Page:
It has different apps for HTML, CSS, JS, SQL, XML and even JSON notation. Plus new tools get added every so often which makes this a wonderful resource for code cleanup.
12. Sharing Buttons
Looking to add quick & easy social buttons onto your site? Then Sharing Buttons is the perfect tool.
Some devs may like this, others may hate it. But it’s one of the few social sharing button scripts that automates the whole process and gives you quite a few styles to pick from.
13. Layout Debugger
This small script works as a bookmarklet in your browser. You simply drag the link up to your bookmarks bar & visit any website you want to study.
Clicking the bookmarklet automates small CSS outlines to show how certain elements fall in the DOM. This way you can easily study where certain divs end and how child elements are contained.
Really simple script but super useful for debugging CSS layouts.
This isn’t so much a coding tool but rather a resource for coders. Larder lets you bookmark your favorite snippets from around the web and keep them organized based on language or project type.
You can curate libraries of your favorite codes or projects straight from GitHub. It’s like Delicious but geared strictly towards coders.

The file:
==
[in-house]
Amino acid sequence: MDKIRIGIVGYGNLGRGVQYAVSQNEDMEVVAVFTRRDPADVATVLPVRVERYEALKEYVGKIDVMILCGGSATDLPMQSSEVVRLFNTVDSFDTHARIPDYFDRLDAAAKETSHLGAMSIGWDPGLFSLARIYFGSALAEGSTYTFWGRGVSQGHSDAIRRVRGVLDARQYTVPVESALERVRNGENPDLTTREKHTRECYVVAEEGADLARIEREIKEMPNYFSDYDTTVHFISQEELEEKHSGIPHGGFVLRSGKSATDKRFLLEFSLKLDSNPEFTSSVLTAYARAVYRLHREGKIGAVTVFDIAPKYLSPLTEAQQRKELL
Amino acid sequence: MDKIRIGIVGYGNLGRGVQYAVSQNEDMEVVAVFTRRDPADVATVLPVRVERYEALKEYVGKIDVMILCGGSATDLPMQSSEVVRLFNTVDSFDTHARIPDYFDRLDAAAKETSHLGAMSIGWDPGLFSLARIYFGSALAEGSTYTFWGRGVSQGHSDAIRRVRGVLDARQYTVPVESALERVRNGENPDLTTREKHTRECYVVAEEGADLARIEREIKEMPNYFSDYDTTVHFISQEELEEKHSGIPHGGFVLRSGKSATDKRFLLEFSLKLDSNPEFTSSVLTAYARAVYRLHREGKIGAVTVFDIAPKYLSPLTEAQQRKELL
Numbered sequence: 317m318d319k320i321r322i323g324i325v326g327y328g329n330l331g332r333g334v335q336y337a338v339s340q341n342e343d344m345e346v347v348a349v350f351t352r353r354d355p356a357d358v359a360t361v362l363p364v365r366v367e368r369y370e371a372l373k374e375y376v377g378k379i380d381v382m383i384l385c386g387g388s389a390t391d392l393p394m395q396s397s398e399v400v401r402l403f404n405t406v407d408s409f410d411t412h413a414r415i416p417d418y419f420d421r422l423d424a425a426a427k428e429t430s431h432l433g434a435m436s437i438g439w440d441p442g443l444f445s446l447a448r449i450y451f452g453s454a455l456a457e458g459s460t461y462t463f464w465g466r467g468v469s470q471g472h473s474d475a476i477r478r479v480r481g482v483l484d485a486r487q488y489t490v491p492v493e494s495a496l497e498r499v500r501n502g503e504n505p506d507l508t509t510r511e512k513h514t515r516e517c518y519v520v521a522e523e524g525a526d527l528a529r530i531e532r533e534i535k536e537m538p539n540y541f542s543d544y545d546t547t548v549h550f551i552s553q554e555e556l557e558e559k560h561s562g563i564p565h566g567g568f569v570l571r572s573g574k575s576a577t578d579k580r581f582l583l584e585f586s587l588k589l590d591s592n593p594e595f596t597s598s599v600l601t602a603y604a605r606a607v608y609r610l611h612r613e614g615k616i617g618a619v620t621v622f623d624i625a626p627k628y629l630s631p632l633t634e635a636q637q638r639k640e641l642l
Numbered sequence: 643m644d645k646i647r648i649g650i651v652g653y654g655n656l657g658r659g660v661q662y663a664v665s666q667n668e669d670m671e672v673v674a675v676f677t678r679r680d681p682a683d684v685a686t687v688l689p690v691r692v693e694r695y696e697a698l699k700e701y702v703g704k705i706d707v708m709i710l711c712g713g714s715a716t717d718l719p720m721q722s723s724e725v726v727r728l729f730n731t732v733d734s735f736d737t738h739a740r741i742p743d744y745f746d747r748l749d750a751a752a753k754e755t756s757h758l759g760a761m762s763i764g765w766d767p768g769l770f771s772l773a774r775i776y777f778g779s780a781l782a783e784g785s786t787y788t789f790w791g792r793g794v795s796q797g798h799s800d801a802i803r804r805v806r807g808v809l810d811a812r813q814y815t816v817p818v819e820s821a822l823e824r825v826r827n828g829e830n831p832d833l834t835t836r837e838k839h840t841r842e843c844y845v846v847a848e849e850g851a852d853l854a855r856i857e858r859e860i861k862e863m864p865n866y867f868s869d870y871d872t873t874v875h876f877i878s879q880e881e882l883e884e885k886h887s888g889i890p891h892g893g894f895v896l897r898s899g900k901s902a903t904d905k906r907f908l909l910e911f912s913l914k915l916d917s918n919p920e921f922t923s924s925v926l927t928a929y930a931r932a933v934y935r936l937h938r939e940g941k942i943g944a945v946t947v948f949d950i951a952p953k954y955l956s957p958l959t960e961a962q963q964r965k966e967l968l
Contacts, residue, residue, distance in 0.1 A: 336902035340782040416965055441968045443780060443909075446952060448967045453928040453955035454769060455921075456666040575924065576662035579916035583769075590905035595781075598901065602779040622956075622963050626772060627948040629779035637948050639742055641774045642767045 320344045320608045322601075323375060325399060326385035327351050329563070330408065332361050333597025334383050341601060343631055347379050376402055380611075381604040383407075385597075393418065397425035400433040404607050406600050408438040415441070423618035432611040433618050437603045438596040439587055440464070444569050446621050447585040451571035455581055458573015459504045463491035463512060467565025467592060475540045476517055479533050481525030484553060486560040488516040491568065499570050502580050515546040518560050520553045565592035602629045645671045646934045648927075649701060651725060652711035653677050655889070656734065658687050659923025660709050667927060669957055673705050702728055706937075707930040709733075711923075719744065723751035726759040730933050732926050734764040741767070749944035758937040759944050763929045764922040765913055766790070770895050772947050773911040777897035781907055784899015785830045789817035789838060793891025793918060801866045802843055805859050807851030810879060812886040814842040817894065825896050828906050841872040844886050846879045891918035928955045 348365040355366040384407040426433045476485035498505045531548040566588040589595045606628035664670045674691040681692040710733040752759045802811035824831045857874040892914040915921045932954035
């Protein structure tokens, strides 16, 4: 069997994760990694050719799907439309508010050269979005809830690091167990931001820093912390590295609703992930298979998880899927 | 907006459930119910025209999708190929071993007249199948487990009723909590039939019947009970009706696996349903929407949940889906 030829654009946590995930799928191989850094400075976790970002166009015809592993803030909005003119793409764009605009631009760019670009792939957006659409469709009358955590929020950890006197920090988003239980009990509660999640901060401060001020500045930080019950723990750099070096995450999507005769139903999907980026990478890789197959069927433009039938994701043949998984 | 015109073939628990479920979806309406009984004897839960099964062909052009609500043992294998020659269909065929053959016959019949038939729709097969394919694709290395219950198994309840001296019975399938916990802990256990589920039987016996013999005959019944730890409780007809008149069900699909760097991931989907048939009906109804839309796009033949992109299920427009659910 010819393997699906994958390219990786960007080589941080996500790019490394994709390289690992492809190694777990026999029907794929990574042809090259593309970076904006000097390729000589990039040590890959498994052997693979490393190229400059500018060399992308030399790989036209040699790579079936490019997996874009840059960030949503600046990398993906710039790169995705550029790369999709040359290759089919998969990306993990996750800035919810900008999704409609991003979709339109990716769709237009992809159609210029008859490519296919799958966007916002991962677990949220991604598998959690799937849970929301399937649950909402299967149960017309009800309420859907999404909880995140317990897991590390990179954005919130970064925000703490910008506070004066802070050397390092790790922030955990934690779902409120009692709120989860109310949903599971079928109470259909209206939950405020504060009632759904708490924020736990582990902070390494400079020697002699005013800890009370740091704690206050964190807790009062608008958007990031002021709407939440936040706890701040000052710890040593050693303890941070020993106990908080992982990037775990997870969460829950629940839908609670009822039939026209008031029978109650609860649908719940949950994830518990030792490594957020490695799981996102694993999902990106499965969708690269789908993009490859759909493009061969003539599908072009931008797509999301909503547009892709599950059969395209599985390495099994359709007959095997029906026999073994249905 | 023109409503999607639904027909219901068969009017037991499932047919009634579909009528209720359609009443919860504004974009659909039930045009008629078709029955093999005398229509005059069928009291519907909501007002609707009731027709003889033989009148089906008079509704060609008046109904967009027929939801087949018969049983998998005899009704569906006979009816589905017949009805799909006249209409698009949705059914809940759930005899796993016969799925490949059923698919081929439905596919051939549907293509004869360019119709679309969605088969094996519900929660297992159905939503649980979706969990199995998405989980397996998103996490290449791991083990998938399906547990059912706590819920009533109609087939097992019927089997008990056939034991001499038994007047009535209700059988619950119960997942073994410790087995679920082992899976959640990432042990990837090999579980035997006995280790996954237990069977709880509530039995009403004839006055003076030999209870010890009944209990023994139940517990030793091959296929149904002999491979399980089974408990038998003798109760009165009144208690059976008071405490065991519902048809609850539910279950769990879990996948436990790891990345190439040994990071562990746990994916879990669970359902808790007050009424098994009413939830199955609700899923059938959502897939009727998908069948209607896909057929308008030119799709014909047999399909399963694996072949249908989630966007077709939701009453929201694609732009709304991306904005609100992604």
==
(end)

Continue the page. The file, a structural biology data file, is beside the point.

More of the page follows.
And if you connect with GitHub repos they’ll automatically sync new changes every day. This way you can keep on top of updates and keep your bookmarks fresh.
15. Panda Reader
I know reading through news isn’t always productive but Panda Reader should be a staple for every web developer.
It’s the best web-based RSS feed reader with a slant towards the web design crowd. You can choose among dozens of popular tech & design blogs along with larger sites like Dribbble or GitHub.
This way you can keep on top of news, hot new projects, and updates to current projects. All from one handy dashboard. Plus this comes with built-in bookmarking so it works like Larder but with tech/dev articles around the web.